|Norman, John - TEXAS A&M UNIV|
|Sparks, Alton - TEXAS A&M UNIV|
Submitted to: Pest Management Science
Publication Type: Peer Reviewed Journal
Publication Acceptance Date: December 14, 2006
Publication Date: April 1, 2007
Citation: Greenberg, S.M., Norman, J.W., Sparks, A.N., Bradford, J.M., Yang, C., Sappington, T.W., Coleman, R.J., Showler, A. 2007. Chemical cotton stalk destruction for maintenance of host-free periods for the control of overwintering boll weevil in tropical and subtropical climates. Pest Management Science. 63(4):372-380. Interpretive Summary: Cotton stalk destruction is a prime tool for managing overwintering boll weevils by reducing or eliminating the habitat and food available to the insects in regions where rainfall and warm temperatures prolong fall cotton growth. Mechanical operations for stalk destruction can be easily disrupted by adverse soil or weather conditions and are contrary to conservation tillage which Lower Rio Grande Valley cotton producers increasingly have adopted. Many producers using conservation tillage choose to leave the stalks standing through the winter for wind erosion control and need an efficacious way to control standing cotton. All of these problems contribute to the need for evaluation of alternative stalk control methods for both shredded and standing stalks. Several herbicides were tested in the reported trial and 2,4-D Amine applied twice was found to be 100% effective in killing stalks. These findings will aid in the identification of opportunities for improved effectiveness and economics of control of overwintering boll weevils, and the successful expansion of boll weevil eradication program into subtropical and tropical environments.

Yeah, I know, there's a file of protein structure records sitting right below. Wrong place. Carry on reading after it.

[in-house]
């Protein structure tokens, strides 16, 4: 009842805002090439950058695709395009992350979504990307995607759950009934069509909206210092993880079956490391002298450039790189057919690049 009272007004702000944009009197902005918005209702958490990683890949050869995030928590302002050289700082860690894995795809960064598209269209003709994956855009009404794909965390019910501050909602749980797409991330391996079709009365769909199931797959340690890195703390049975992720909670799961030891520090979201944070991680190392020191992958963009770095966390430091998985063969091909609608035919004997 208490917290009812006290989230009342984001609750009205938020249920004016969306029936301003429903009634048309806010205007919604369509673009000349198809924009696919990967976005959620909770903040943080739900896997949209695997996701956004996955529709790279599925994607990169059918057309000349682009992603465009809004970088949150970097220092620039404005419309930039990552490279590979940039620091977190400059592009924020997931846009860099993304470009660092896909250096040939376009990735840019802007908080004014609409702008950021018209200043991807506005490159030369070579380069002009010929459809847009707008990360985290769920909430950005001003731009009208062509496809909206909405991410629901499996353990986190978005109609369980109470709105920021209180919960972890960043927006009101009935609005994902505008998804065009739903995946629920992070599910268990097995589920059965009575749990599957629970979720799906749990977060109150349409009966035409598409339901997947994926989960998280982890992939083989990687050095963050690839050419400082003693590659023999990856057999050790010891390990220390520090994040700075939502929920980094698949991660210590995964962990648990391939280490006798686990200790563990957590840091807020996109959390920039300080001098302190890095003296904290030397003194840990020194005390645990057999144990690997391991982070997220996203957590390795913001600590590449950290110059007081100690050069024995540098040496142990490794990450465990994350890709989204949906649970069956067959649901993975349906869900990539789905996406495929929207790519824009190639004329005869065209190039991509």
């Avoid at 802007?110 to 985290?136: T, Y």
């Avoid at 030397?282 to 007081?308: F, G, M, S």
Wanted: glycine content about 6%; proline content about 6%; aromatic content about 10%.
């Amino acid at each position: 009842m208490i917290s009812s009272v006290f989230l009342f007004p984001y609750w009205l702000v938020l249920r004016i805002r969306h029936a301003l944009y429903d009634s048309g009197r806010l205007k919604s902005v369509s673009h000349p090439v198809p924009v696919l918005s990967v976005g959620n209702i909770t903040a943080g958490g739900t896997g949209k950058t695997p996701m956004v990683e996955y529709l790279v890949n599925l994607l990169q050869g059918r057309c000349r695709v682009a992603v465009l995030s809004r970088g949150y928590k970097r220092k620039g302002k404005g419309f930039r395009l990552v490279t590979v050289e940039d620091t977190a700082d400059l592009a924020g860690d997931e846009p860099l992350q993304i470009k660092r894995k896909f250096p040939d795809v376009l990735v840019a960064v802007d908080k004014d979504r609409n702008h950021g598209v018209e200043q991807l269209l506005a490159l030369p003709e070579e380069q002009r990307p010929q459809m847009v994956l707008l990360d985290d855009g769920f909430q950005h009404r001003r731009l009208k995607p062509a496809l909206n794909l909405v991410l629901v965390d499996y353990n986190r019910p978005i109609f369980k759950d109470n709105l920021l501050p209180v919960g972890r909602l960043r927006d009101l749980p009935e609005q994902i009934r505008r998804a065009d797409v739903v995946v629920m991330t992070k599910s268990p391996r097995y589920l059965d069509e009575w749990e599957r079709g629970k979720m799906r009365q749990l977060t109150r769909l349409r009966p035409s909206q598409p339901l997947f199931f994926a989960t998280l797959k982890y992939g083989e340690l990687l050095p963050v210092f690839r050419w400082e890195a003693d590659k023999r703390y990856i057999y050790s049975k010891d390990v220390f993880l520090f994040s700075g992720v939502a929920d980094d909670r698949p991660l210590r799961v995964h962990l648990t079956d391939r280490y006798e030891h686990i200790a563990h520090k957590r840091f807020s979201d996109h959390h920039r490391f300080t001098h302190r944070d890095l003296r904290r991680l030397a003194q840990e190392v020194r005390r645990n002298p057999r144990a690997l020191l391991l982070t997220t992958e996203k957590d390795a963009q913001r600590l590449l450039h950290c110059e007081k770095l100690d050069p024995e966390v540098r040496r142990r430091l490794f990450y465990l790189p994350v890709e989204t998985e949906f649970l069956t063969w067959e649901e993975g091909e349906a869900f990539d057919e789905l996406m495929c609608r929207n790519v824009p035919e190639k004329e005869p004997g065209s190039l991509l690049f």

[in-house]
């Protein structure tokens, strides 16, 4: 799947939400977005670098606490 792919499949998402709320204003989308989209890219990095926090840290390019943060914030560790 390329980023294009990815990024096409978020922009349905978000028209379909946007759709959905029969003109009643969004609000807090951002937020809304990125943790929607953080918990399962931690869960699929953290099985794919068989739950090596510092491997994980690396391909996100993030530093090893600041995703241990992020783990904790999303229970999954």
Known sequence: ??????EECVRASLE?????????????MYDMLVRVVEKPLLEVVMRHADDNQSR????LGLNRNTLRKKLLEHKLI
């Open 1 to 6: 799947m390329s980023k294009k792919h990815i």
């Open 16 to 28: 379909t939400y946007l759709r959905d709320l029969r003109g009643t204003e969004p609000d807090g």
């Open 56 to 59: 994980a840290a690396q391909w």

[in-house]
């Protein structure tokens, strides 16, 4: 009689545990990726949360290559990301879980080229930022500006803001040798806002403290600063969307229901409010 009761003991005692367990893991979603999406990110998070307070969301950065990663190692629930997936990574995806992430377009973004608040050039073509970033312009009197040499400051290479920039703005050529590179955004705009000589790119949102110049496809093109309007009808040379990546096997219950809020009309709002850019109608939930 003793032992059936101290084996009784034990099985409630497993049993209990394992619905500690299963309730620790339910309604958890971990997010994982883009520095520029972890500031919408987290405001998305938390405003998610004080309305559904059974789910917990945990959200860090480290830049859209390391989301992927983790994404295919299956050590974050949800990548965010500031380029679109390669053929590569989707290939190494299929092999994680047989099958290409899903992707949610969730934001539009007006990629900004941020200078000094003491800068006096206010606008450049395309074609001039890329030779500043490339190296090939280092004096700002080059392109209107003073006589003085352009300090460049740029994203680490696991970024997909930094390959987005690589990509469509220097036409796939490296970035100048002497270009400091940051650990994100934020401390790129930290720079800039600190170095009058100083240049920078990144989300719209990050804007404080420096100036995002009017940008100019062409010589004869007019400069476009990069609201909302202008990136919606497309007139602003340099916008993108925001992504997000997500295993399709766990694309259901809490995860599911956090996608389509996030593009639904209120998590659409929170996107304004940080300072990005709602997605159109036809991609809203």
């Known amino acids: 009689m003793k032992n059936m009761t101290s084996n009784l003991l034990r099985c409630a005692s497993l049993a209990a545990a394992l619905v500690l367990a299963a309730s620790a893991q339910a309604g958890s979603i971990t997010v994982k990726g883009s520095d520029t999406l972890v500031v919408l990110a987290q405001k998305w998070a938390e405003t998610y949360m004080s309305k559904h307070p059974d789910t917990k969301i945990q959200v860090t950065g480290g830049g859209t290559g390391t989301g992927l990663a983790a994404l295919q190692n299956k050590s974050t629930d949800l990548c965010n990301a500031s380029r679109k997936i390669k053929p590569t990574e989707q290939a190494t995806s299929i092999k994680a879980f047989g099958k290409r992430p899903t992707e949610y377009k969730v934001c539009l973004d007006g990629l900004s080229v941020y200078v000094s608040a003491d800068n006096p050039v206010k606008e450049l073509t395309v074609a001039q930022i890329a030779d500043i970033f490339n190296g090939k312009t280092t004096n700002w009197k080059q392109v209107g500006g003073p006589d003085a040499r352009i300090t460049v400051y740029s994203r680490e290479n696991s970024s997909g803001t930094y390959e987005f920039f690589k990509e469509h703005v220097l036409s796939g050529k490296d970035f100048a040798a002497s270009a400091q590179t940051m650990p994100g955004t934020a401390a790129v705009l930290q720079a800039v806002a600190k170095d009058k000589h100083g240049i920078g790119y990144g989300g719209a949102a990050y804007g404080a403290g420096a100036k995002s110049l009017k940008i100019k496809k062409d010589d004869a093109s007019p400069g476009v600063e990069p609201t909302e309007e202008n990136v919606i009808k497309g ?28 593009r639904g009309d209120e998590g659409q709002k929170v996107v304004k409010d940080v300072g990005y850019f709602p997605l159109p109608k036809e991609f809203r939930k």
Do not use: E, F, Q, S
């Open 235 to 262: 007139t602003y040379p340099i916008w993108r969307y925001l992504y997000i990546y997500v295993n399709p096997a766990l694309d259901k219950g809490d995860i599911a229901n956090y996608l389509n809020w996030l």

Technical Abstract: Cotton stalk destruction is a prime tool in management of several species of cotton pests in the Lower Rio Grande Valley of Texas, particularly the boll weevil, Anthonomus grandis grandis Boheman (Coleoptera: Curculionidae). Mechanical methods of stalk destruction are generally successful, but some stalks may survive these operations. Moreover, adverse weather conditions and conservation tillage often impede immediate and complete stalk destruction using typical tool implements. These studies provide an examination of efficacy of different herbicides (thidiazuron [Harmony Extra]; dicamba diglycolamine salt [Clarity]’ 2,4-D Amine [Savage]; flumioxazin [Valor]; and Aim), rates, spray volumes, and application timings on shredded or standing cotton stalks after stripper or picker harvest. The herbicide 2,4-D Amine applied twice (immediately and 14 [or 21] days after cotton was harvested_ at one pound of formulated product in 10.0 gallons of water per acre provided 100% control on shredded or standing cotton stalks.